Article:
A few months ago I got the idea to upgrade old computer speakers with a wi-fi module. After some research I ended up with the Arylic up2stream v3 as the Wi-fi/Bluetooth module. Since this was my first project like this, I didn’t want to risk buying expensive speakers which I might ruin, so I used old computer speakers. I also wanted to give the speaker a new design since it was outdated. The goal was to create a design which would allow the left/right speakers to be combined as one. After some trial and error about what works and what doesn’t, I ended up with a design based on the Sonos play 5. I had to modify and change the design to fit my 3D printer. The main limitations are the build plate and printing with as little as possible support.
Next up, I needed to do the wiring. The Arylic up2stream v3 requires a 5v power supply. The speakers required a 12v power supply. I ended up splitting the incoming 230v/240v power cord, one end would go to the transformer of the speakers, the other to a (stripped) smartphone adapter. A simple usb cord then goes to the power supply of the Arylic up2stream v3. Lastly, the connection between the Arylic up2stream v3 and circuit board of the speakers is made via the amplifier port on the board. This leaves the 3.5 jack-out port free to connect a second system if needed. The results are shown below (the cable management hasn’t been done yet).
Figure 1 - Top view of the cicuitboard, transformers and Arylic up2stream v3 connected to the backboard of the speaker. The Arylic up2stream v3 can be seen at the bottom right.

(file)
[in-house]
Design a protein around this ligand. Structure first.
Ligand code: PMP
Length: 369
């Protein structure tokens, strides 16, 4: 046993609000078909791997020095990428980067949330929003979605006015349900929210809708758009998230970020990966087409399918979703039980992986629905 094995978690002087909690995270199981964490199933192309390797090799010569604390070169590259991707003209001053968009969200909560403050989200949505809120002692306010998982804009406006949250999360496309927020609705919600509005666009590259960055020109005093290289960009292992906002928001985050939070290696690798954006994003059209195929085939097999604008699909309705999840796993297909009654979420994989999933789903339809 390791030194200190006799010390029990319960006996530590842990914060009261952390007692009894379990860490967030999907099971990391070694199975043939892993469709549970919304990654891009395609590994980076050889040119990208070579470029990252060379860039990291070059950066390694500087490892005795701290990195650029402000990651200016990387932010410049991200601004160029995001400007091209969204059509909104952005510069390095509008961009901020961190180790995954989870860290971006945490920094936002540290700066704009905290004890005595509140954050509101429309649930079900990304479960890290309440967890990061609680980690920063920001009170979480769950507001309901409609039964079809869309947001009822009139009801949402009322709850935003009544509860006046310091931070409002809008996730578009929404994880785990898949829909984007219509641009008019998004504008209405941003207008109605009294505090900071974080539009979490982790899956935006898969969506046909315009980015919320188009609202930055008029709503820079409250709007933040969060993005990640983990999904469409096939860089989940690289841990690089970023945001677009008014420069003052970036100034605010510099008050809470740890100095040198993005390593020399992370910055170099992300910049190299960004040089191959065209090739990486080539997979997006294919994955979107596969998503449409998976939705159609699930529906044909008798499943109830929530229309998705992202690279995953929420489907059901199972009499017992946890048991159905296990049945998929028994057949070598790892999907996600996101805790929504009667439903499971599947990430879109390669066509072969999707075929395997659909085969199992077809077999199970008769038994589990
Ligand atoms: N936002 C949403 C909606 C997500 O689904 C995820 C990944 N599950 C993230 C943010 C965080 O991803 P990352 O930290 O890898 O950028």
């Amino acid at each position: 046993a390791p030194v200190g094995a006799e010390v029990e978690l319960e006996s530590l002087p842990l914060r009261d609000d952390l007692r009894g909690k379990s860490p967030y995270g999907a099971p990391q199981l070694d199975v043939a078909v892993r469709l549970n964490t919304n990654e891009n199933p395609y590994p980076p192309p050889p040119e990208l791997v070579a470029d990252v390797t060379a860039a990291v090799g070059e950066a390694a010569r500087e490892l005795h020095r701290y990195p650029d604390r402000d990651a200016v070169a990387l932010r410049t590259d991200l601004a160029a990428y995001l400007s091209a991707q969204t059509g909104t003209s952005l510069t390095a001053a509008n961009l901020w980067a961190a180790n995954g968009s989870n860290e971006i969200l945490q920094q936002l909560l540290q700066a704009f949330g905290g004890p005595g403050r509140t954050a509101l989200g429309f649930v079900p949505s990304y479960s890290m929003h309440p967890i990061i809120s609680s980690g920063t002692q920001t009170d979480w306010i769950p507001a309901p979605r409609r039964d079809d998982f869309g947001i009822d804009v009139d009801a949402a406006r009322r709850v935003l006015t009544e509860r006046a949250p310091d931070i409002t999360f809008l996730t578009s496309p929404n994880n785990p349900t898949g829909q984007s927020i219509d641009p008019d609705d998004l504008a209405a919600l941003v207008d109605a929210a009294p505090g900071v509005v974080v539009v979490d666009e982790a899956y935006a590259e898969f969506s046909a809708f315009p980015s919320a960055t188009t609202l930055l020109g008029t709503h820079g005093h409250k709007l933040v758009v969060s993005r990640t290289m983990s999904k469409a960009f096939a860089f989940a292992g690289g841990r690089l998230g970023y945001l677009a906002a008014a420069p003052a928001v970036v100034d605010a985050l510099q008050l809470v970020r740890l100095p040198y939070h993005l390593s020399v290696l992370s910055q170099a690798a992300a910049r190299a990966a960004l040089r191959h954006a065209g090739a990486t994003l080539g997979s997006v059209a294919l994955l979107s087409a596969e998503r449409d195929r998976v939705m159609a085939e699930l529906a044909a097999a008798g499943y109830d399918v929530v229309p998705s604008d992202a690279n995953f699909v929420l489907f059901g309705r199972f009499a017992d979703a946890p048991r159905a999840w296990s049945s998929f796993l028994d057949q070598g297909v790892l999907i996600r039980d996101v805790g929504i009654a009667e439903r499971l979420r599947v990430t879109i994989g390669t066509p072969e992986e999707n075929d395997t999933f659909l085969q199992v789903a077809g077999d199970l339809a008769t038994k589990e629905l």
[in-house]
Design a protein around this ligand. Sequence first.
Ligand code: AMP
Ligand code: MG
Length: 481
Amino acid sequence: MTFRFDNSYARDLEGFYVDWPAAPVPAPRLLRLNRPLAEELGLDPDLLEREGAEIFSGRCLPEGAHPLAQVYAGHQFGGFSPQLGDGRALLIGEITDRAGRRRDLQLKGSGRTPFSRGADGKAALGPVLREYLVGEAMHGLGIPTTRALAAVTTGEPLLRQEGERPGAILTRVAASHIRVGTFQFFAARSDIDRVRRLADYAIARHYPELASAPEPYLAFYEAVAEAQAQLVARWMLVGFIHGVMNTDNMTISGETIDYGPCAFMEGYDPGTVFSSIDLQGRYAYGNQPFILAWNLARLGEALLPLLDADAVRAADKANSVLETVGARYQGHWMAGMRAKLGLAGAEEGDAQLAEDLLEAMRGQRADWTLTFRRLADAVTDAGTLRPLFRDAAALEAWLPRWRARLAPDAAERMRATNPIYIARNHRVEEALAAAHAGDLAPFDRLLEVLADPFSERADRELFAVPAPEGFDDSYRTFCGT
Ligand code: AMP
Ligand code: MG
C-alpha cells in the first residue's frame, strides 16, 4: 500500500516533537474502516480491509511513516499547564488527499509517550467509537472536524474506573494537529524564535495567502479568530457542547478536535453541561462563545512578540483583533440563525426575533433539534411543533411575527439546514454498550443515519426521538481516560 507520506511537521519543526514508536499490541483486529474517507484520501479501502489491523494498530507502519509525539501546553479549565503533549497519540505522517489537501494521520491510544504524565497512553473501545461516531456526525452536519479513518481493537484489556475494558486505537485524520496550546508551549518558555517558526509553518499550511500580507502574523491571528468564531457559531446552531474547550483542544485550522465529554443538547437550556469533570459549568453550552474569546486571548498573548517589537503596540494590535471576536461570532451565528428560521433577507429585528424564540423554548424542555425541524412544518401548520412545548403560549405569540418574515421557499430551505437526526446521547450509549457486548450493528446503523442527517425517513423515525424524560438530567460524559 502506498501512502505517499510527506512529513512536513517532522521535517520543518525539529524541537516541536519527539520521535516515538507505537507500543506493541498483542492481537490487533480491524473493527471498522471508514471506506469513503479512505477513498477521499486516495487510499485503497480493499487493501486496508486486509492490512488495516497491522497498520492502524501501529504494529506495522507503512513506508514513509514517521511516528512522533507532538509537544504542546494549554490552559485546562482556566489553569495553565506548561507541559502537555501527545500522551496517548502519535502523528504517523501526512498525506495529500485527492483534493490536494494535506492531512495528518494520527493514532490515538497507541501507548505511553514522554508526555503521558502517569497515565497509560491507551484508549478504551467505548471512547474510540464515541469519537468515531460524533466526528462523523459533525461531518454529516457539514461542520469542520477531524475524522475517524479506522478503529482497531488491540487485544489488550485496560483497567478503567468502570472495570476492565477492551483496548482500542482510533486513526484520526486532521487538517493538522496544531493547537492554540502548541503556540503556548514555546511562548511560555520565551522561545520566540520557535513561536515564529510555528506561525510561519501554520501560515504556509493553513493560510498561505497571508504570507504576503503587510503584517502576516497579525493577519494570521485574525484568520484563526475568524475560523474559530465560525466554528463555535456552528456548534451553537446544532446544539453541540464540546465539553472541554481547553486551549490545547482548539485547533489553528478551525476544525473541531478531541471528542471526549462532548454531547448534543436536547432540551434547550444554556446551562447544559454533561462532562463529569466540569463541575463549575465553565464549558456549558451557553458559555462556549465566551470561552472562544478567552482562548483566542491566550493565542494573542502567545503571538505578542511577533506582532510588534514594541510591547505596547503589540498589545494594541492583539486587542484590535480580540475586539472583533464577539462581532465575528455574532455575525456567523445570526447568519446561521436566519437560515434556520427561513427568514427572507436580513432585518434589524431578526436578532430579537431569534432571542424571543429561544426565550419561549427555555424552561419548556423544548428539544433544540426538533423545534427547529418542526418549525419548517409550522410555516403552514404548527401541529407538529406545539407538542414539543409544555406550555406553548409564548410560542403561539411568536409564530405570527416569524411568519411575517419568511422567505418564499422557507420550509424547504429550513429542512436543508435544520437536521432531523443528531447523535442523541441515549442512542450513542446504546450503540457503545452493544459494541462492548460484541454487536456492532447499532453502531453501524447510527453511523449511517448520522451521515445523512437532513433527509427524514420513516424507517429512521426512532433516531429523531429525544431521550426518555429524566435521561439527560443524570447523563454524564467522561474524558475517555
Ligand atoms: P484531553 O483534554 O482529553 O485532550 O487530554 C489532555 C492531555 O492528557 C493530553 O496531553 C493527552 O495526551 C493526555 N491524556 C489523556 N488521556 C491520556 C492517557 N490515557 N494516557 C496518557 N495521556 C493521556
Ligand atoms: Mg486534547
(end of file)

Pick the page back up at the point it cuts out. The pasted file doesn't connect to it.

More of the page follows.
Figure 2 - Side view of the cicuitboard, transformers and Arylic up2stream v3 connected to the backboard of the speaker. The Arylic up2stream v3 can be seen at the bottom left.
After having this part working, it was time to finish the design. I wanted to connect the two parts of the speakers using magnets (bad with speakers I know, but I assumed/hoped they were weak enough to not cause noticeable disturbance). Secondly, I wanted to 3D print the front grill as well and make it attached with magnets in order to easily take it off if needed. Lastly, when combined there should be a third grill which should cover both speakers to make them more coherent. This put some difficulty on the design since my built plate could only handle 300mm by 300mm (and 400 in height, but that is not a stable print). The final results are shown below.
Figure 3 - Combined speakers with a single front grill.
Figure 4 - Speakers without the grills.
Figure 5 - Speaker orientation options. In addition, some magnetic feed can be attached to the horizontal mode to lift the bottom at the front a little (the feed are connected to the back).
Figure 6 - Back of the main speaker with the up2stream pro V3 at the top left.
Figure 7 - Speaker without the back cover.
The speakers work quite well, I haven’t noticed any issues with the up2stream V3 module. However, since I have used old speakers, the quality can be a bit better. In order to temporarily solve that, I connect a second (2.1) system via the 3.5 jack out on the back, this works perfectly and really gives more depth to the sound. I am thinking of doing a similar project in the future with self-built Hi-Fi speakers. Overall, I definitely enjoyed the experience for my first DIY project with regards to speakers.